Reports[edit | edit source]

An eyewitness report by Tim Magee follows:

Part of 156 Bty called out for riot control in New Lodge area. Departed HMS Maidstone where we were billetted, and de-bussed at northern end of Lepper street. Very large explosion as we moved down Lepper St towards New Lodge Road. I was on left flank, close to houses, very uncomfortable every time we passed one of the many narrow alleys leading off the road, seemed like ideal hiding place for attackers. When we reached New Lodge Road a lot of rioting going on, initially we cordoned NLR off, stones, bottles incoming in large quantities, also nail bombs (multiple as I recall, not just one as is often reported).

Together with 4/5 others sent across NLR to cordon off Duncairn Parade. Whilst standing there, an overweight guy in white shirt and dark jacket came around corner of tower block on our left (part of Artillery flats), took aim with pistol and fired off several shots. We found this highly amusing and started laughing at his attempt to frighten us with a starting pistol. He looked somewhat surprised and ran back behind the flats.

Some time later that night we were pulled back and started to move back up Lepper street. I don’t recall if we were in the much discussed “box formation” but we were certainly arrayed across the road. Not far from the junction with Spamount street someone opened up from behind us with automatic fire. This time I was on the right flank. I felt a blow to my RH side, could see sparks coming off the cobble stones and wall to my right and decided to get the f! out of it, so ran around the corner to the right and into Spamount street.

With the passage of time I forget exactly who was hit, Geordie of course, John Finch was hit in the abdomen, Pete Fishbourne (think that was his name) was hit in the backside. My recollection is that the newspapers reported 5 or 6 but that probably included Bob Reding.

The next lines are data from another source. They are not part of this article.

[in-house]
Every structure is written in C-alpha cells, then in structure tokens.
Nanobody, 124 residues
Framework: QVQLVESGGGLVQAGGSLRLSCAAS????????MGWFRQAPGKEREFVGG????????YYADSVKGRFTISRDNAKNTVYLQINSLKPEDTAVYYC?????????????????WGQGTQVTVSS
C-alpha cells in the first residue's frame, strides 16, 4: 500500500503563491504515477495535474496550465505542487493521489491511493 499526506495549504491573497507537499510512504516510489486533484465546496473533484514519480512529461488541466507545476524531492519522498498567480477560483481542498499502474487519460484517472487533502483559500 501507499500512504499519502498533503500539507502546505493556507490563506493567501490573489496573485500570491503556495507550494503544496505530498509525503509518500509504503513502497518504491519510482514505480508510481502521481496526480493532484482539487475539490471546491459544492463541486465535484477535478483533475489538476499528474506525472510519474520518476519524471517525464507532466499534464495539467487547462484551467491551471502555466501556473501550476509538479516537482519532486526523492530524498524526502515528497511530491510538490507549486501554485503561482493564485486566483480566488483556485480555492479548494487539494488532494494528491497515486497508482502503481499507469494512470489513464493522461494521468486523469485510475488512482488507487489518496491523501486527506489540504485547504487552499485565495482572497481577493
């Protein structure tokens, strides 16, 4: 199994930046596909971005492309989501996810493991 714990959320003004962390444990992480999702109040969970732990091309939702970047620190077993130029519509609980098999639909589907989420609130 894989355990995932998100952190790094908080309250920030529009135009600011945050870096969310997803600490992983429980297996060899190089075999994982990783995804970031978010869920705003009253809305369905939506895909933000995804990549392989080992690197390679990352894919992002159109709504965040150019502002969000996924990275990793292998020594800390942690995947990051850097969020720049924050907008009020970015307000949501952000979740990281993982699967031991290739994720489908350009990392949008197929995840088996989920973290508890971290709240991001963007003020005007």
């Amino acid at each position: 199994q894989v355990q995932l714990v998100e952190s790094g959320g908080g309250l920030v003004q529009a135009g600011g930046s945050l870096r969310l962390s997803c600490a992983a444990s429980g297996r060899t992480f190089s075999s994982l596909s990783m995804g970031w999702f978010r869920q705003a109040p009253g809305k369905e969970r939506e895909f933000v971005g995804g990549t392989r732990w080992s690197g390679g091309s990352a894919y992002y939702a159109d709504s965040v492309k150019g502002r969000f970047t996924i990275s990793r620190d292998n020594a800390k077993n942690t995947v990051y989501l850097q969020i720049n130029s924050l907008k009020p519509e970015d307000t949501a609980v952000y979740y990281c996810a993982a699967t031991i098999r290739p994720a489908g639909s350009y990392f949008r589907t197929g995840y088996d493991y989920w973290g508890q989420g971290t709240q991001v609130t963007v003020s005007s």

Heinz Pizarek found a spent round in the back of his webbing belt when he got back to HMS Maidstone.[9]

References[edit | edit source]

  1. "Personal Details: Curtis, Robert George". Armed Forces Memorial roll of honour. GOV.UK. http://www.afm-veterans-uk.info/roll-of-honour.php?SerialNo=X8668. 
  2. Hugh Jordan (14 October 2011). Milestones in Murder: Defining Moments in Ulster's Terror War. Random House. pp. 39–. ISBN 978-1-78057-374-8. http://books.google.com/books?id=ABa_ElDm_GUC&pg=PT39. 
  3. Peter Taylor (29 May 2014). The Provos: The IRA and Sinn Fein. Bloomsbury Publishing. pp. 87–. ISBN 978-1-4088-5494-5. http://books.google.com/books?id=pf6BAwAAQBAJ&pg=PT87. 
  4. Taylor, Peter (1997). Provos The IRA & Sinn Féin. Bloomsbury Publishing. pp. 89–91. ISBN 0-7475-3818-2. 
  5. Soldiers, sashes and shamrocks: Football and social identity in Scotland and Northern Ireland
  6. English, Robert (2004). Armed Struggle: The History of the IRA. Pan Books. p. 137. ISBN 0-330-49388-4. 
  7. Ken Wharton. Long Long War. ISBN 9781907677601. 
  8. David McKittrick, Seamus Kelters, Brian Feeney and David McVea. Lost Lives. ISBN 9781840185041. 
  9. Tim Magee, eyewitness